1) Sci-Guy I have updated my anti virus and run a comprehensive scan of all my Drives. No virus I am happy to say.
2) Dan Penny Done that but no joy
3) effient haven't tried this yet
4) Tubesandwires
a) folder option view set as you suggest.
b) folder i386 was there all the time but named I386 on my computer which I took to be 1386. Anyway with all the files etc "unhidden" none of the folders on the XP CD were called or contained regedit.
c) ran sfc /scannow again this morning, same results as yesterday. Then tried to run regedit, again no joy, same results as yesterday.
d) Tried chkdsk again, said yes & rebooted. Chkdsk didn't seem to do anything but returned the same message about not being able to open the volume & that it had finished checking.
e) you are quite right about " That's very shortsighted". I have quite a bit of stuff on my computer and I know that formatting etc will be a long drawn out pain. I will keep trying for the time being but I get the feeling that I have hit a brick wall at the moment. Strange how my computer appears to be working OK with no apparent operating problems. Any other suggestions will be gratefully received!




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#13
April 11, 2008 at 06:59:46
As stated; "regedit.exe is the \i386 folder.... copy it from the XP CD."

This is the quickest way to get that file back. It's not compressed so no extraction is necessary. Simply copy it to C:\Windows (if "C" is your O/S drive).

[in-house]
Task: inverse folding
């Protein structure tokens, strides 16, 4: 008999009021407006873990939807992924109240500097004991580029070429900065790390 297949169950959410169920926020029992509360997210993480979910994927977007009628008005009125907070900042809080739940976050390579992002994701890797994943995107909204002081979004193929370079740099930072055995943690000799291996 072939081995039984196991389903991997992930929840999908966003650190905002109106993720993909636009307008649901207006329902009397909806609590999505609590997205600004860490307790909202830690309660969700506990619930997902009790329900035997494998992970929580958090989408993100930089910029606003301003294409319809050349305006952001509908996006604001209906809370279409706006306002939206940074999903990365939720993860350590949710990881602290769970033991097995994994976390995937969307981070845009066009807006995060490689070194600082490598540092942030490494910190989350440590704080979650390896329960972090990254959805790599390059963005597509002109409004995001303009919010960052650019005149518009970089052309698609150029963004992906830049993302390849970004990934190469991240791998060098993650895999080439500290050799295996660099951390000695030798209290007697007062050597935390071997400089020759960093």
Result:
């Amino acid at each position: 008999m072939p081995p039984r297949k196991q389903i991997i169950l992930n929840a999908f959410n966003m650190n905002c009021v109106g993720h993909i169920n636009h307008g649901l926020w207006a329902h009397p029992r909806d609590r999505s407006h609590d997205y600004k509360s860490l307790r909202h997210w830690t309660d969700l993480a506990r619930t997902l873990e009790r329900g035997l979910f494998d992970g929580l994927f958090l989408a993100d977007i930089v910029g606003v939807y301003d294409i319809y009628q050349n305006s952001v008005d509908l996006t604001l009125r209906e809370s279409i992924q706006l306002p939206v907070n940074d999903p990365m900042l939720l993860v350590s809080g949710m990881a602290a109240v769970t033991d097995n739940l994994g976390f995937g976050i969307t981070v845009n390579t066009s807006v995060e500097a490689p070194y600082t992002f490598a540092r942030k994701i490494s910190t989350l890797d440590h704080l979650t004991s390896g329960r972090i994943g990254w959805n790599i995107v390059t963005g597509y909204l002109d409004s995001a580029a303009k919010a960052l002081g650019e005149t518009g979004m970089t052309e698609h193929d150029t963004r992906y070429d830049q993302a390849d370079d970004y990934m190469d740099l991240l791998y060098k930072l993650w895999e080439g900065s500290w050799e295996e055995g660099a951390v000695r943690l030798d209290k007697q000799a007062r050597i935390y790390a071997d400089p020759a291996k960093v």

It's a good day when you learn something


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#14
April 11, 2008 at 07:17:35
" folder i386 was there all the time but named I386 on my computer which I took to be 1386. Anyway with all the files etc "unhidden" none of the folders on the XP CD were called or contained regedit. "

Yes, it's I386.
I typed i386 to make it more clear what it actually is.
The default fonts make it easy to confuse capital i ( I ), lower case L ( l ) and one ( 1 ), especially if you are using higher resolutions so the fonts are tiny, or if you are older like me or don't have perfect vision otherwise and have a hard time making out really small fonts.

I have no upgrade XP CDs to look at but I know of no reason regedit.exe would not be in \I386 on any XP CD.
It's on the original XP Pro full version retail, the original OEM XP Home (always full), OEM XP Home (always full) SP1, and OEM XP Home (always full) SP2.

You can't find it if you use My Computer to look at the CD - all that does is autorun the CD.

You have to use Windows Explorer
(Start - Programs - Accessories - Windows Explorer)
I always have a shortcut to that on my desktop.
There are some things My Computer is useless for - one of them is when you want to see the contents of a CD that autoruns when you click on it in My Computer, if it doesn't have a selection Browse CD or similar.

Open the I386 folder and scroll down to regedit.exe (yes, there are a lot of files to scroll down through),

or if you Search the CD, make sure it is set to searching the whole CD, not just the root folder, or not some other drive letter -
click on More Advanced Options and turn on Search Subfolders (there should be a green checkmark in the box) if it isn't on.
The vast majority of the time this setting should be on!

You don't need these for finding regedit.exe, but
Search system folders, and
Search hidden files and folders
should have a green checkmark too,

and in ANY case, the vast majority of the time Case sensitive should NOT have a checkmark beside it.